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Production in Yamaha Factory Hit as 700 Workers Go on Strike Till Oct 3, Royal Enfield Employees End Protest

Representational image (Reuters)

Representational image (Reuters)

The situation in the two-wheelers factory reached a deadlock after two workers were dismissed for intensifying their efforts to get Yamaha Motor Thozhilalar Sangham (India Motor Workers Association) registered.

Chennai: Production in the Yamaha factory was hit on Friday after 700 workers announced to go on strike till Wednesday over a tiff between the labour union and the company. Employees of Royal Enfield were also on protest since four days to demand a settlement on their charter of demands, including wage increase. However, they withdrew their agitation on Friday, while Yamaha workers continue their protest.

The situation in the two-wheelers factory reached a deadlock after two workers were dismissed for intensifying their efforts to get Yamaha Motor Thozhilalar Sangham (India Motor Workers Association) registered.

On Thursday, the protesters demonstrated outside the factory even as their representatives battled it out in a tripartite conciliation meeting organised by the state labour department with the management.

According to S Kannan, a Centre of Indian Trade Unions (CITU) leader took part in the meetings, which began on Wednesday. Kannan said that Yamaha was bent on getting the protest withdraw, but the reinstatement of the employees is their priority. Tripartite meetings will begin again on Friday.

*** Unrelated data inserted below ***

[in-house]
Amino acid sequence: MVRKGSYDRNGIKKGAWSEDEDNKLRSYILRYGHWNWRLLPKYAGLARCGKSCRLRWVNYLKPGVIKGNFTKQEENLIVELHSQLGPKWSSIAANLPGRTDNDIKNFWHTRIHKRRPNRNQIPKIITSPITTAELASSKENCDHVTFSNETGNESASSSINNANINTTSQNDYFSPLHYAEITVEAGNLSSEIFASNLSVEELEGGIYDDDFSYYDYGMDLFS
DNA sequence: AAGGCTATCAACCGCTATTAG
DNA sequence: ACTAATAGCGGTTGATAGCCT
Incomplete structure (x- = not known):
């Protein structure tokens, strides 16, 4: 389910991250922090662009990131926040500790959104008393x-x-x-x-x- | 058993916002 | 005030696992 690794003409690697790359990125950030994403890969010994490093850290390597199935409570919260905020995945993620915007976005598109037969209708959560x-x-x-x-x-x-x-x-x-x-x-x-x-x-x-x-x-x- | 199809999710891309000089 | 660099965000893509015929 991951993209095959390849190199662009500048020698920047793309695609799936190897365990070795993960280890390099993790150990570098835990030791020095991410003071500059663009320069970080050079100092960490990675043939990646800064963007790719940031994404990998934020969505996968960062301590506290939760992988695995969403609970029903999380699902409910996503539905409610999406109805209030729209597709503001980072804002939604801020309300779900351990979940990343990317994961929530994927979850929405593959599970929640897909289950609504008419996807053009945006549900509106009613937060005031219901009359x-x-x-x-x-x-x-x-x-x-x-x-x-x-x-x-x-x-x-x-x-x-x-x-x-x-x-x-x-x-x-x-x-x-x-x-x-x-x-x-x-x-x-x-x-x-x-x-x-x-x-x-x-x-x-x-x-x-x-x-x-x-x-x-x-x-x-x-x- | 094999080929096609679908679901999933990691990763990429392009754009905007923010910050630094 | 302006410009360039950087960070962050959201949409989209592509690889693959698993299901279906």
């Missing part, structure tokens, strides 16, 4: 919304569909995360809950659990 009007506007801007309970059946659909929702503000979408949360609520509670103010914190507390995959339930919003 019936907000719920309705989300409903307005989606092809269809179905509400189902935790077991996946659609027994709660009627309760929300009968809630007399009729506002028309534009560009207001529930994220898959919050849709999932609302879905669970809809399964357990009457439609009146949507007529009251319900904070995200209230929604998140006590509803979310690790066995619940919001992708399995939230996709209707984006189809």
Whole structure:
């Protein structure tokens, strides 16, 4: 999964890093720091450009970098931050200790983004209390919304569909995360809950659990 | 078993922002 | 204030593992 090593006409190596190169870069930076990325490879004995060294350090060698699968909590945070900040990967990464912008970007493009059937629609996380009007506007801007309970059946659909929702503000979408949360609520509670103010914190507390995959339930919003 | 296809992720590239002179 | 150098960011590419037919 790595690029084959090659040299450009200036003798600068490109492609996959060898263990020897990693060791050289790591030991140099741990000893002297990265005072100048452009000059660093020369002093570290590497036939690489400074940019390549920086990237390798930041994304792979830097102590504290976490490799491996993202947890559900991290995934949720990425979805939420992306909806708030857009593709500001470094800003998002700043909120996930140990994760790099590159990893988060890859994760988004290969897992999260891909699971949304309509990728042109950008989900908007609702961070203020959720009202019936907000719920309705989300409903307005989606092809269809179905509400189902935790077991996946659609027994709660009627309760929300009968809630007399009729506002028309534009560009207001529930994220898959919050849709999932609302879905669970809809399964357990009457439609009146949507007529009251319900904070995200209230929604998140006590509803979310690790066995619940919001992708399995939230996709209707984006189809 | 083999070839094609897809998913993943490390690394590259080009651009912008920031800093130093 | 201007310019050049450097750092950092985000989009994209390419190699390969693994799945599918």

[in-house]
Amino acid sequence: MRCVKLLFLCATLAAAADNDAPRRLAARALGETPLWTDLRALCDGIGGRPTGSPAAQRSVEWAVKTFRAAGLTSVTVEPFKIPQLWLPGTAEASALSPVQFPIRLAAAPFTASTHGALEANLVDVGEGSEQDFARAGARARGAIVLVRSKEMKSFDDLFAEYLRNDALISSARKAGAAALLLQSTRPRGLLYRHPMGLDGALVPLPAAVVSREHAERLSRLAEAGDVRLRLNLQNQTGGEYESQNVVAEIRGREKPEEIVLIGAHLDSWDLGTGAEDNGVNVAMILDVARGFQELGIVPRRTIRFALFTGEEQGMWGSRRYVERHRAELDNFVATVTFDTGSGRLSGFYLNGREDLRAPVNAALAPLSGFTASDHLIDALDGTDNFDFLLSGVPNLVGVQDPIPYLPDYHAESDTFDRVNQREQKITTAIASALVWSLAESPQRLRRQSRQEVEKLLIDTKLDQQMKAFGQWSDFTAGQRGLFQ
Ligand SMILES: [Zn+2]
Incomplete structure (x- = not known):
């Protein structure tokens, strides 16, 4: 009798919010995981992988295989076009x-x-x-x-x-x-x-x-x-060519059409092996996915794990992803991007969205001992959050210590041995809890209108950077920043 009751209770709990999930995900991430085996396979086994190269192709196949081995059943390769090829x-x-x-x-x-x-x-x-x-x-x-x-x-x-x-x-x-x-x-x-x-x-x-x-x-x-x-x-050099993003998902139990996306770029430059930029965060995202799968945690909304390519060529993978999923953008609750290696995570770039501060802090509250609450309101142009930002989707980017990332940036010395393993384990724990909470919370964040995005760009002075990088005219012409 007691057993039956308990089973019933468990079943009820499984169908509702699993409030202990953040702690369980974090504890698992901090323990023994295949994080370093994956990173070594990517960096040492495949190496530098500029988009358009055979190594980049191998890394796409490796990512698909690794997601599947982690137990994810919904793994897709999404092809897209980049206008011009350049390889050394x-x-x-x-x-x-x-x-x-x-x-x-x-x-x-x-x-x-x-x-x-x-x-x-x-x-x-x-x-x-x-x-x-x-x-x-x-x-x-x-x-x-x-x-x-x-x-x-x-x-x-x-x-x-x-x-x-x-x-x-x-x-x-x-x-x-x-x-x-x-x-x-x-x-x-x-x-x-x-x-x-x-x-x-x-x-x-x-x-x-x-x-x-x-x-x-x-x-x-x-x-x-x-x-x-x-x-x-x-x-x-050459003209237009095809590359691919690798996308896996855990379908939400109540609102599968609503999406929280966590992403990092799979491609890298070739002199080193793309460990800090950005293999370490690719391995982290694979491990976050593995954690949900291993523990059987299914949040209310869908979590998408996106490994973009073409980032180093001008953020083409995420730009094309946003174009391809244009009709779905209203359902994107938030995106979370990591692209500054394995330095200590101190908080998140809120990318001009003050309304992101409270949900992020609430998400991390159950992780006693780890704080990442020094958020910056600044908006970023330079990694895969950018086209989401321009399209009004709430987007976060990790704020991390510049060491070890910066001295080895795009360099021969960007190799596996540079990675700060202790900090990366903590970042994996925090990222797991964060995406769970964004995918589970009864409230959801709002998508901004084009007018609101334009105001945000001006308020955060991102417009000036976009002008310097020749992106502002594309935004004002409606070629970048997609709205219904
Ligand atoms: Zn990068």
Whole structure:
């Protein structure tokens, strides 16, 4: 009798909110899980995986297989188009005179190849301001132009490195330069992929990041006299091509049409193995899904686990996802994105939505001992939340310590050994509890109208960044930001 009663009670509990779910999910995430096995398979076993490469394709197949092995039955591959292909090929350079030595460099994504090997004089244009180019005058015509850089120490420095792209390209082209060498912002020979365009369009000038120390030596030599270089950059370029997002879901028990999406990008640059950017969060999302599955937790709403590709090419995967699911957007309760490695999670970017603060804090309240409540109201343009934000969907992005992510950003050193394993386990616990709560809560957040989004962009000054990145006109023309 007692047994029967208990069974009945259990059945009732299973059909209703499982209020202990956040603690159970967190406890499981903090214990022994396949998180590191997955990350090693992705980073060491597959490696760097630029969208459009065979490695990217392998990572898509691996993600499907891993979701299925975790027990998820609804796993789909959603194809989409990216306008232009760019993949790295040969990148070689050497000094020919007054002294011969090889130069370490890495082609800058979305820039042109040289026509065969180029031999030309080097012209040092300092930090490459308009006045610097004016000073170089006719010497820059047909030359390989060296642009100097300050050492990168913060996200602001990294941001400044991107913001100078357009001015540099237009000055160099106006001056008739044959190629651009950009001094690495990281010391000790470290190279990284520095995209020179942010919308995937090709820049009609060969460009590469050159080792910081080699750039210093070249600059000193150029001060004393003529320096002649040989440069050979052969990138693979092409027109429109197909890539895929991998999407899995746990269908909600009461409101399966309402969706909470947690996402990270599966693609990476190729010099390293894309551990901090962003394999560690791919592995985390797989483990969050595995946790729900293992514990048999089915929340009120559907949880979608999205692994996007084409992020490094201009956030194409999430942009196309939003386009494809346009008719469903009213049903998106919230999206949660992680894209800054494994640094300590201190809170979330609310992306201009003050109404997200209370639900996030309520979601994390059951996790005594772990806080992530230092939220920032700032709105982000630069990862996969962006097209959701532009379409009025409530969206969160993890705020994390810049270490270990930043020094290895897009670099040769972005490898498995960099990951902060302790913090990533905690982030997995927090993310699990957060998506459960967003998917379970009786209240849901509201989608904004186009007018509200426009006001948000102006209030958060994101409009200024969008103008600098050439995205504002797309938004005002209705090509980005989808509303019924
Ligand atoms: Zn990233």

Trouble for Yamaha India had begun with the workers' call for recognition of their labour union by the management. Over the last few weeks,after assembly of workers inside the factory, Yamaha had filed complaints with the police against a few identified employees.

As the instances of assembling continues, Yamaha moved the Kanchipuram district court seeking police protection. The matter precipitated after Yamaha dismissed two employees part of the working council of the union. The strike began after the dismissal and entered its seventh day on Thursday.

In May, Tamil Nadu's southern district Thoothukudi turned into a battleground between protesters seeking the closure of copper smelter Sterlite and police officers struggling to control the crowd. The police opened fire, killing 13 people. While the incident still remains fresh in the minds of the people, it's impact on prospective investors has already begun: Philips Carbon Black, a supplier to tyre makers had said it was rethinking investments in Tamil Nadu after the Sterlite episode, even though the state industries department officials say on anonymity that the company was still in talks.

first published:September 28, 2018, 10:07 IST